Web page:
Hôtel Henriette

by Kate on August 11, 2015

anthologymag-blog-travel-hotel-henriette-1With the rise of Airbnb, Couchsurfing, and other lodging apps popping up around the world, the hospitality industry has certainly experienced a massive shift in recent years. I am thrilled to know those alternative methods are available to me when planning a trip, but I am also happy to see that unique, beautiful, and reasonably priced hotels are still thriving. The Hôtel Henriette Paris is one of the most charming and appealing hotels I’ve come across in recent years, and I would book a stay there in a heartbeat.

There are 32 rooms in this boutique hotel, all expertly designed by Vanessa Scoffier of Les Nouveaux Decorateurs. The vibe of each room is so welcoming and laid-back, yet also full of delightful and surprising visual touches: a two-toned contrast wall, a well-worn leather headboard, am elegant vintage wallpaper. It’s situated in a great spot, located on a brick-paved side street and just a 10 minute walk from the lovely Jardin des Plantes botanical garden. If you can pull yourself away from this hotel’s magical rooms, I think you’ll find it’s the perfect place from which to explore the city. To book a room, or to simply admire more of the hotel’s stunning interiors, visit their website here.  

anthologymag-blog-travel-hotel-henriette-2anthologymag-blog-travel-hotel-henriette-3anthologymag-blog-travel-hotel-henriette-4anthologymag-blog-travel-hotel-henriette-5anthologymag-blog-travel-hotel-henriette-6{ All images via Hôtel Henriette Paris }


The Greenbrier

by Anh-Minh on July 6, 2015

greenbrier7While I’m not a golf fanatic, I do occasionally follow the sport, and this past weekend marked The Greenbrier Classic, an annual tournament held at the West Virginia resort. Some people are drawn to The Greenbrier for its golf and tennis amenities … and others, like me, to its decor, which can be traced back to Dorothy Draper. The noted interior designer “left the hotel with a bold new personality, using color and oversized patterns to paint a picture that reflected the luxury of space, elegance, and sense of history in every detail.” (You can read more about her firm’s relationship with the resort here.)

The aesthetic might not work with the architecture of my own home, but I would love to spend a long weekend in one of these rooms and admire the talents of Draper as well as her protégé, Carleton Varney.

greenbrier_top greenbrier_middle greenbrier_bottom    { Photos via The Greenbrier }



by Kate on May 26, 2015

anthology-mag-blog-design-twighouses-1Oh, to sleep amongst the trees! I cannot imagine a more magical way to experience the outdoors. Last year, when we were scouting locations for Issue 17′s Market Report, I looked far and wide for treehouses in the Bay Area and found some real stunners. Ever since then, I’ve been somewhat obsessed with treehouse architecture of all kinds.

I came across this New York Times article from a couple of years ago only recently, but was delighted to learn that there are several examples of “twigitecture,” or humans nests, installed in the Bay Area. The nest at Treebones Resort (pictured below) not only has an amazing view, but probably smells pretty good, too—the creator, Jayson Fann, uses eucalyptus to make his suspended shelters. If you find yourself taking a trip to Northern California, consider booking a stay among the birds.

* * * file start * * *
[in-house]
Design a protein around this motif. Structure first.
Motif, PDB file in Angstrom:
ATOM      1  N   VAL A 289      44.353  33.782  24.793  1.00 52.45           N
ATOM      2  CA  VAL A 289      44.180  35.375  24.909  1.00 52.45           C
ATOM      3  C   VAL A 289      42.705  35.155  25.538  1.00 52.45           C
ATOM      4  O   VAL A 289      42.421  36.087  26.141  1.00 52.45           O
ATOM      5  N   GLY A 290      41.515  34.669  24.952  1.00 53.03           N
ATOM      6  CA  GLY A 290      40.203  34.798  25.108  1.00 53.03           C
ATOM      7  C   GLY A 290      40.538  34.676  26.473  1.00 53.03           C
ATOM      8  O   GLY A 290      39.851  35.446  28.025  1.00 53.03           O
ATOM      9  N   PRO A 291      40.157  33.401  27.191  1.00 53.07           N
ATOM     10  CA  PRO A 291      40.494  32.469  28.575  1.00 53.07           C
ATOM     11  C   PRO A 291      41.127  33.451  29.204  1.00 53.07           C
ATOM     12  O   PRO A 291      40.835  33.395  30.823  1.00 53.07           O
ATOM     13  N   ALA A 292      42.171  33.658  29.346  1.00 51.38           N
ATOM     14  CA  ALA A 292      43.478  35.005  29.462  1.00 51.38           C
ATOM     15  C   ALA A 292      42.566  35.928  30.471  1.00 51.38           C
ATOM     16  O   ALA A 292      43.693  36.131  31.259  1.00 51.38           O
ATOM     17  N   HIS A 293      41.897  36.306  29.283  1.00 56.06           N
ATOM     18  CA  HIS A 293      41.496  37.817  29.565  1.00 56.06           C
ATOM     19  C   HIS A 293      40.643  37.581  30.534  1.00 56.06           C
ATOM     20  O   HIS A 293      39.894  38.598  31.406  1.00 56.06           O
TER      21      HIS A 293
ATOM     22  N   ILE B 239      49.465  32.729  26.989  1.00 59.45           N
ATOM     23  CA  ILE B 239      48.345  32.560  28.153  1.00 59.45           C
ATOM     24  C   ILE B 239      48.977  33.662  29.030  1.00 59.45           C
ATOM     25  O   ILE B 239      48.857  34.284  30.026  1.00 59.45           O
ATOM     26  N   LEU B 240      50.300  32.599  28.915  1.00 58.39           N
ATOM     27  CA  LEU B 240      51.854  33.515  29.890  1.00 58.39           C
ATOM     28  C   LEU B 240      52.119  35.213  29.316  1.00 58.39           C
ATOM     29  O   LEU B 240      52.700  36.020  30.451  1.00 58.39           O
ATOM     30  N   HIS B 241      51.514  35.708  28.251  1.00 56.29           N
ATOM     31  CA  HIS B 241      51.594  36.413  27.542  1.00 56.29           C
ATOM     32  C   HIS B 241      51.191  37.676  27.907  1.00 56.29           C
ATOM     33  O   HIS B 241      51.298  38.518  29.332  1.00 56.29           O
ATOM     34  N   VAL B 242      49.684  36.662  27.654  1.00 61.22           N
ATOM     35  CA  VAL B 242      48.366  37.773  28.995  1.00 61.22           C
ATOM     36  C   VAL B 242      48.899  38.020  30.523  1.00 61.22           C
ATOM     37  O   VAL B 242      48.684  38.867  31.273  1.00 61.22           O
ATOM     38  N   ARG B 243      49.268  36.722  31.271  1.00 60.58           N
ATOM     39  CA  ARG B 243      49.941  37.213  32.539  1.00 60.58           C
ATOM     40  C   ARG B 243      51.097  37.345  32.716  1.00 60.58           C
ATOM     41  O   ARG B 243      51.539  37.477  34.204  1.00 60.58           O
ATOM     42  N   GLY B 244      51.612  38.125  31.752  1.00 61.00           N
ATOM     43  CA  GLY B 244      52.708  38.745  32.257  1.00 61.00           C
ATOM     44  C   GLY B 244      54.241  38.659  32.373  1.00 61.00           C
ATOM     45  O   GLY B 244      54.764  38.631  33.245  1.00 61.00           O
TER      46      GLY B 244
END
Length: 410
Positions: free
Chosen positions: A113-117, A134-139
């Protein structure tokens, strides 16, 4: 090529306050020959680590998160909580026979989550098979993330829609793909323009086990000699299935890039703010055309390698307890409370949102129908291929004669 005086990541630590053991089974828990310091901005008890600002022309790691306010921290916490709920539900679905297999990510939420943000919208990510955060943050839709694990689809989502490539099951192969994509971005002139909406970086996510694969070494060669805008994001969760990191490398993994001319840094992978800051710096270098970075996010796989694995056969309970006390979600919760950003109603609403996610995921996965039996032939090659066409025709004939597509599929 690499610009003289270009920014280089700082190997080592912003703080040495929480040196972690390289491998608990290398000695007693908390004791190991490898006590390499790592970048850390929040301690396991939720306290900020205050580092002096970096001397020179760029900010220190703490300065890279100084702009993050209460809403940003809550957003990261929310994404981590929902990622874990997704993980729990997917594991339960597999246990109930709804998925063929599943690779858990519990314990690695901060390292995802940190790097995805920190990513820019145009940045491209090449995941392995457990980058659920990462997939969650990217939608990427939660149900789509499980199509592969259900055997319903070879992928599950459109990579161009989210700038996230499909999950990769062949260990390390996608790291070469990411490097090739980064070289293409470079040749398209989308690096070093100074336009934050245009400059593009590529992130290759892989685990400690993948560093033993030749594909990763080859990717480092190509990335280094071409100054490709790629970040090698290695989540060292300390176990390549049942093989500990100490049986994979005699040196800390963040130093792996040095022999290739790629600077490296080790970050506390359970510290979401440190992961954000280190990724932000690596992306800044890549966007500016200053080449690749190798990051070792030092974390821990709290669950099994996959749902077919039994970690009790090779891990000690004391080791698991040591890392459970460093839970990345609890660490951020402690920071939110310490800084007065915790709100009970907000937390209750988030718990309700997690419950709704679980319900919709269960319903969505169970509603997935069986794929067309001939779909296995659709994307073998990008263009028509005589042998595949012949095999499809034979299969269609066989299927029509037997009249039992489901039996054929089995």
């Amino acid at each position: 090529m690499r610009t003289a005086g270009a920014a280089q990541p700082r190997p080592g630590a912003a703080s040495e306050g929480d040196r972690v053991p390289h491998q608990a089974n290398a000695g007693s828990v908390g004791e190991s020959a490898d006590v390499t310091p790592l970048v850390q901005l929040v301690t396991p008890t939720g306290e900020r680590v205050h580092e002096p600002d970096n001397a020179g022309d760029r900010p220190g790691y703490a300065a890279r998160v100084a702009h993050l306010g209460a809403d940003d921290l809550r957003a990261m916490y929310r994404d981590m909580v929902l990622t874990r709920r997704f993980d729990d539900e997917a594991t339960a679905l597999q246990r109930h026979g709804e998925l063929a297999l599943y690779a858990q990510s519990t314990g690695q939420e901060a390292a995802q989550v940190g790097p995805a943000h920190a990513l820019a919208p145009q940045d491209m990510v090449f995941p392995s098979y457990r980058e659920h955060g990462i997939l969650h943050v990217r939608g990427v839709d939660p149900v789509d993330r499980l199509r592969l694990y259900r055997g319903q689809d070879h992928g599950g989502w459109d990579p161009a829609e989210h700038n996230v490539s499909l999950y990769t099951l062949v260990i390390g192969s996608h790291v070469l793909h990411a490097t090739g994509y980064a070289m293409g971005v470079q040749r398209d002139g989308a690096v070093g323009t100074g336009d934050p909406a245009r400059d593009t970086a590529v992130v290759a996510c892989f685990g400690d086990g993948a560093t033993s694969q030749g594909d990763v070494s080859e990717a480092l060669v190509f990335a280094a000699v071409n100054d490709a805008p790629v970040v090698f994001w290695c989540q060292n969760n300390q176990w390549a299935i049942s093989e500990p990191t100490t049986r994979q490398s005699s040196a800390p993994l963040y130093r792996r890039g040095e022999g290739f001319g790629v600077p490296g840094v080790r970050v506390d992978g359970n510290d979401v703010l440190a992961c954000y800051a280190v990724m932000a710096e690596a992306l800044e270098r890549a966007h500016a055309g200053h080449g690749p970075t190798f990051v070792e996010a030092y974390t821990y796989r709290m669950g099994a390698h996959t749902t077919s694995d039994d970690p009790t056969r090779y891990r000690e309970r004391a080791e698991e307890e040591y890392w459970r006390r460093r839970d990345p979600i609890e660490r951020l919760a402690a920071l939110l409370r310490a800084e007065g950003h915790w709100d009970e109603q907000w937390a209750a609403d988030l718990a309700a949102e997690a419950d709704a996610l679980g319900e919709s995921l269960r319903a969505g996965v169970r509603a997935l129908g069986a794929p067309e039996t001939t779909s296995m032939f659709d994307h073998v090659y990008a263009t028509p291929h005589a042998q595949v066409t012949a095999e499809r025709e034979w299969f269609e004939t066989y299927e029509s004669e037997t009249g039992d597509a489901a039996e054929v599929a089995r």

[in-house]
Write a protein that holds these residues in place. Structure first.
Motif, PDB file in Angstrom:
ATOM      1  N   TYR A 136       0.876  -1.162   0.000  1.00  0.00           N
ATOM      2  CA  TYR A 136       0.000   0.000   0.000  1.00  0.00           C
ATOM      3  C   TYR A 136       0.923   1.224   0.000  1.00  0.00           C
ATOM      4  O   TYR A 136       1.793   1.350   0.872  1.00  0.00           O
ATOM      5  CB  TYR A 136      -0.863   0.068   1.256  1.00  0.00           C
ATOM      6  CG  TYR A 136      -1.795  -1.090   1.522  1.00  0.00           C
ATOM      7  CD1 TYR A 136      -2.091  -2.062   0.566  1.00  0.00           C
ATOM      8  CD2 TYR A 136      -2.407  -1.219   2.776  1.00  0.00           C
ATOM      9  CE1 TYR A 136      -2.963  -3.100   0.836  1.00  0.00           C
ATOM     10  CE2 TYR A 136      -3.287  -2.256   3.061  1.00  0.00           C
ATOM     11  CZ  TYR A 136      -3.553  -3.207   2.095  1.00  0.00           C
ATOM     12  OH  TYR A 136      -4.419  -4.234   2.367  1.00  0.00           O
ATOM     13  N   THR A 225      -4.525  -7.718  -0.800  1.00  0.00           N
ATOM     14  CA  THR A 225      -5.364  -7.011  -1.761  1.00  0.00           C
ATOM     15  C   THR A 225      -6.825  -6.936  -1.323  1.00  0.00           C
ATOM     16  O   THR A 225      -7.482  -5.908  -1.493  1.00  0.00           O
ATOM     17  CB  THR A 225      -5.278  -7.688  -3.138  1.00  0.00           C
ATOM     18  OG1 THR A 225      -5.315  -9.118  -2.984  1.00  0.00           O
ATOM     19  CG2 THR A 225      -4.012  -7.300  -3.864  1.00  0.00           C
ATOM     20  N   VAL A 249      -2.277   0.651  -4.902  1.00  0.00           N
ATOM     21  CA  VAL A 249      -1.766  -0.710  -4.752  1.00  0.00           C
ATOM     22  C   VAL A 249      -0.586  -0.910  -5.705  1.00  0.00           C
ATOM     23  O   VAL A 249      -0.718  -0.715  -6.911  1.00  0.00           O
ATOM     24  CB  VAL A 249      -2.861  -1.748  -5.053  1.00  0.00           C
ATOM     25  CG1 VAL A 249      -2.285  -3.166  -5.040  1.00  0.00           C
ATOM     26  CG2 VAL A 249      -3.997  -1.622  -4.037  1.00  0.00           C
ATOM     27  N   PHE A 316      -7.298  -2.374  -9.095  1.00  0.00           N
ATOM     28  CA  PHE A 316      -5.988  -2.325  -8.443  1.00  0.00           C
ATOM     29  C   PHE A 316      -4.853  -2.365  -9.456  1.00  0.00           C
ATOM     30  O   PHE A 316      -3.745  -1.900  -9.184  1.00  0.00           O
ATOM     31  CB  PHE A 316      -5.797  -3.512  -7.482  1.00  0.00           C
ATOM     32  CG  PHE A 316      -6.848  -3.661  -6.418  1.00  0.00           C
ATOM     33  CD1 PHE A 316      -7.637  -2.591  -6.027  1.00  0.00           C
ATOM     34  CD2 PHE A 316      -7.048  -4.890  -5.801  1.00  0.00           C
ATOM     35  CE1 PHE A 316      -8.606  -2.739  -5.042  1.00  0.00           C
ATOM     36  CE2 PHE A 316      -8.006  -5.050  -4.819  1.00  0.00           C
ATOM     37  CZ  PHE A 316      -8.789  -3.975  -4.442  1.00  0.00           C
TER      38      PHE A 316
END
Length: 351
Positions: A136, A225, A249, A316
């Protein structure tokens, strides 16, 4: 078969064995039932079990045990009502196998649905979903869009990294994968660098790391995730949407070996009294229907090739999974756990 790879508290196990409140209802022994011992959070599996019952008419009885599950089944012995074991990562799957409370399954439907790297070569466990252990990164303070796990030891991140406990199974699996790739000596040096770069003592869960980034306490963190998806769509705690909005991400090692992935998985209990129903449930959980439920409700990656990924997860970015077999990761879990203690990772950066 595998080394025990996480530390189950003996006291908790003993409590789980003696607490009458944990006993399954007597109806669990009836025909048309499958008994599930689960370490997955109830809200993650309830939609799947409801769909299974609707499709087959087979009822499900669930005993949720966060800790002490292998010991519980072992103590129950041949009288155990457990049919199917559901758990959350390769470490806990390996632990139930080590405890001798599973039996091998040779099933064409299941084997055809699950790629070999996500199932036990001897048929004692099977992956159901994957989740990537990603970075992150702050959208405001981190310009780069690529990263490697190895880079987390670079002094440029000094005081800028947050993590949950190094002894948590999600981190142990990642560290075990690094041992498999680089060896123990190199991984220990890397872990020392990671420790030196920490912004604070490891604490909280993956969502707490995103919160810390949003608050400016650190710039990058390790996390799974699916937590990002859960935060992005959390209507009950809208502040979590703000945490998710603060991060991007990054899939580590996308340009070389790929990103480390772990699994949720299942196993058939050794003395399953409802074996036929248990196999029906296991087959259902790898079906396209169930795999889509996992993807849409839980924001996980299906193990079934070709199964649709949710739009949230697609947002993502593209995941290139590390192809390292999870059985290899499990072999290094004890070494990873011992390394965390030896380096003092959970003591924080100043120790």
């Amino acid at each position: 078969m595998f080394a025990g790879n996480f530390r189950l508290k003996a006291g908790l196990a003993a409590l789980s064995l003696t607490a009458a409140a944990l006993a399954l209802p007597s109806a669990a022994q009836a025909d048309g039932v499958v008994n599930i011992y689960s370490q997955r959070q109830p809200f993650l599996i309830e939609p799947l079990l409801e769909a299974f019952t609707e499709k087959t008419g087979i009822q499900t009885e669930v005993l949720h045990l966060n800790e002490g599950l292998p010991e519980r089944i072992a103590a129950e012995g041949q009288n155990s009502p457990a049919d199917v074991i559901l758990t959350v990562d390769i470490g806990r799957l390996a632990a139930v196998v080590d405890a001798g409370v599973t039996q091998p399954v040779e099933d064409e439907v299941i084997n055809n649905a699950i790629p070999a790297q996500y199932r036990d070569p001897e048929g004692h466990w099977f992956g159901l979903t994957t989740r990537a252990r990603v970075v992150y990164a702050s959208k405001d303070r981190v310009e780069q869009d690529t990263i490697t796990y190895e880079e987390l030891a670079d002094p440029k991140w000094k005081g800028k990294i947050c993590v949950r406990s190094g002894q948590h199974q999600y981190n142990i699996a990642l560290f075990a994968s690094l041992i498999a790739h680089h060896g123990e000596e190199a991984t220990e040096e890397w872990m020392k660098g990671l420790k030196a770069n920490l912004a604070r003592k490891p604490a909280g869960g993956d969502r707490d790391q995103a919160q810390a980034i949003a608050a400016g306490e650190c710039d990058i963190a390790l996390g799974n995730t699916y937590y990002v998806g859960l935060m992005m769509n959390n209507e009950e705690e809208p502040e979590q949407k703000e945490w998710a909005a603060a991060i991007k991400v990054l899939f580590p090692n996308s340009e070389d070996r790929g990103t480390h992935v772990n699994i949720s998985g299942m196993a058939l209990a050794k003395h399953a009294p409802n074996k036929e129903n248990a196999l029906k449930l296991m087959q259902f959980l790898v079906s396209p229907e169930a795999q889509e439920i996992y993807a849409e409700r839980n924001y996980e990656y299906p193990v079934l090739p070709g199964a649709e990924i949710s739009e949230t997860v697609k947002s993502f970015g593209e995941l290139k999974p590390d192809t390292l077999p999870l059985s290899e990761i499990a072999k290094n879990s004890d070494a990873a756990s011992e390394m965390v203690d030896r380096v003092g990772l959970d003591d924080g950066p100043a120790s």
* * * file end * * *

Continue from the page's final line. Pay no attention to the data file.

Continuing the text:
anthology-mag-blog-design-twighouses-5 { All images via New York Times }


soane1During my trip to London last fall, one of the highlights was visiting Sir John Soane’s Museum. The former residence of the distinguished architect has been turned into a museum, filled with art and antiquities. The interiors appear essentially as they did when he passed away in 1837.

Since museum-goers aren’t allowed to take pictures—and I’m not sure when I’ll be in London again—I was thrilled to receive an email with these images: They depict the Soane’s private apartments and model room, both of which open tomorrow. The public now has access to the newly renovated spaces for the first time in over 160 years. If you’re around London or planning a trip there, I highly recommend adding the museum to your itinerary. (And I’ll be so jealous!)

soane2 soane3soane3_soane5soane6

{ All images ©Gareth Gardner }


First We Eat

by Kate on April 24, 2015


I have recently become a workshop junkie, using most of my free weekends to take classes in everything from archery to sourdough bread-making. It’s a little daunting every time, to throw myself into a new group of people, a new place, and try something I’ve never done before. But all of those new elements add up to an adventure, where time stretches and I leave with new friends, and the glow of good time spent. In my searching for more, I came across First We Eat, a podcast and event series created and run by Eva Kosmas Flores and Carey Nershi, two talented food stylists, photographers, and bloggers on opposite coasts.

The duo has chosen some incredible settings for their workshops, including a turn-of-the-century saltbox home in Cape Cod and a lake house in the Swedish forest on the shores of Lake Koppan. The multi-day workshops include delicious communal meals, hands-on training in food styling and photography, and other fun activities like cheese-making or fly fishing. They are filling up fast, so head over to their site to sign up for what is sure to be an unforgettable experience.


 { The next open event is a Food Styling, Photography & Portrait Workshop set in Sweden. Click here to register! }


 { A workshop in Croatia will be coming in summer 2015! }


 { Eva’s recipe for a beautiful Oregano Honey Cake with Blackberry Buttercream. }


 { Carey’s Mustard Chicken with Celery Root Puree & Kale Salad }